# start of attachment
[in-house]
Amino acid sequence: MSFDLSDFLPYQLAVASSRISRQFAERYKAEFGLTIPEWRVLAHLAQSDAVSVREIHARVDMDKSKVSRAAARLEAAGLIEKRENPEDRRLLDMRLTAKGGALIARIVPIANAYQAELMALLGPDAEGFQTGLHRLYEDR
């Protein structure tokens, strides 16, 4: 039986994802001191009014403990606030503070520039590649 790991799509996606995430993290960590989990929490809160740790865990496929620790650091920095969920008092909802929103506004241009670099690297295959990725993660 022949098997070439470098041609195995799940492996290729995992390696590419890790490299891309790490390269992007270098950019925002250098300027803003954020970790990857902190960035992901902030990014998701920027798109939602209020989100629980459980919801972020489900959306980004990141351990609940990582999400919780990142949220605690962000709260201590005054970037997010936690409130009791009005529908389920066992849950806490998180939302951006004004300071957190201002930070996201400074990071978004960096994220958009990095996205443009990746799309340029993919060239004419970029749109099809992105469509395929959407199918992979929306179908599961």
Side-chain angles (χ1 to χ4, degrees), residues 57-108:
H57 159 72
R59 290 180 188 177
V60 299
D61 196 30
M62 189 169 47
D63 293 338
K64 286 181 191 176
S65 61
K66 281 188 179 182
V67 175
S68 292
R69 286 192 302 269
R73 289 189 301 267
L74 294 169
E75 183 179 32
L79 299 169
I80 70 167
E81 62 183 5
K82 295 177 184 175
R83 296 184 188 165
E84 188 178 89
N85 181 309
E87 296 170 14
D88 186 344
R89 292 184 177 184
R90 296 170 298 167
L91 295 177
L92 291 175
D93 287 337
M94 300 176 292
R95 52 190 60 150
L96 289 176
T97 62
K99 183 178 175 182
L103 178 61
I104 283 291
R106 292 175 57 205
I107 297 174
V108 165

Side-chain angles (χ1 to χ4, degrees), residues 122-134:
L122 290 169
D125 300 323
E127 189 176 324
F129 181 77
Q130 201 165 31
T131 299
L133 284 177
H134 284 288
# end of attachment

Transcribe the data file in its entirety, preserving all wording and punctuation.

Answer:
[in-house]
Amino acid sequence: MSFDLSDFLPYQLAVASSRISRQFAERYKAEFGLTIPEWRVLAHLAQSDAVSVREIHARVDMDKSKVSRAAARLEAAGLIEKRENPEDRRLLDMRLTAKGGALIARIVPIANAYQAELMALLGPDAEGFQTGLHRLYEDR
């Protein structure tokens, strides 16, 4: 039986994802001191009014403990606030503070520039590649 790991799509996606995430993290960590989990929490809160740790865990496929620790650091920095969920008092909802929103506004241009670099690297295959990725993660 022949098997070439470098041609195995799940492996290729995992390696590419890790490299891309790490390269992007270098950019925002250098300027803003954020970790990857902190960035992901902030990014998701920027798109939602209020989100629980459980919801972020489900959306980004990141351990609940990582999400919780990142949220605690962000709260201590005054970037997010936690409130009791009005529908389920066992849950806490998180939302951006004004300071957190201002930070996201400074990071978004960096994220958009990095996205443009990746799309340029993919060239004419970029749109099809992105469509395929959407199918992979929306179908599961």
Side-chain angles (χ1 to χ4, degrees), residues 57-108:
H57 159 72
R59 290 180 188 177
V60 299
D61 196 30
M62 189 169 47
D63 293 338
K64 286 181 191 176
S65 61
K66 281 188 179 182
V67 175
S68 292
R69 286 192 302 269
R73 289 189 301 267
L74 294 169
E75 183 179 32
L79 299 169
I80 70 167
E81 62 183 5
K82 295 177 184 175
R83 296 184 188 165
E84 188 178 89
N85 181 309
E87 296 170 14
D88 186 344
R89 292 184 177 184
R90 296 170 298 167
L91 295 177
L92 291 175
D93 287 337
M94 300 176 292
R95 52 190 60 150
L96 289 176
T97 62
K99 183 178 175 182
L103 178 61
I104 283 291
R106 292 175 57 205
I107 297 174
V108 165

Side-chain angles (χ1 to χ4, degrees), residues 122-134:
L122 290 169
D125 300 323
E127 189 176 324
F129 181 77
Q130 201 165 31
T131 299
L133 284 177
H134 284 288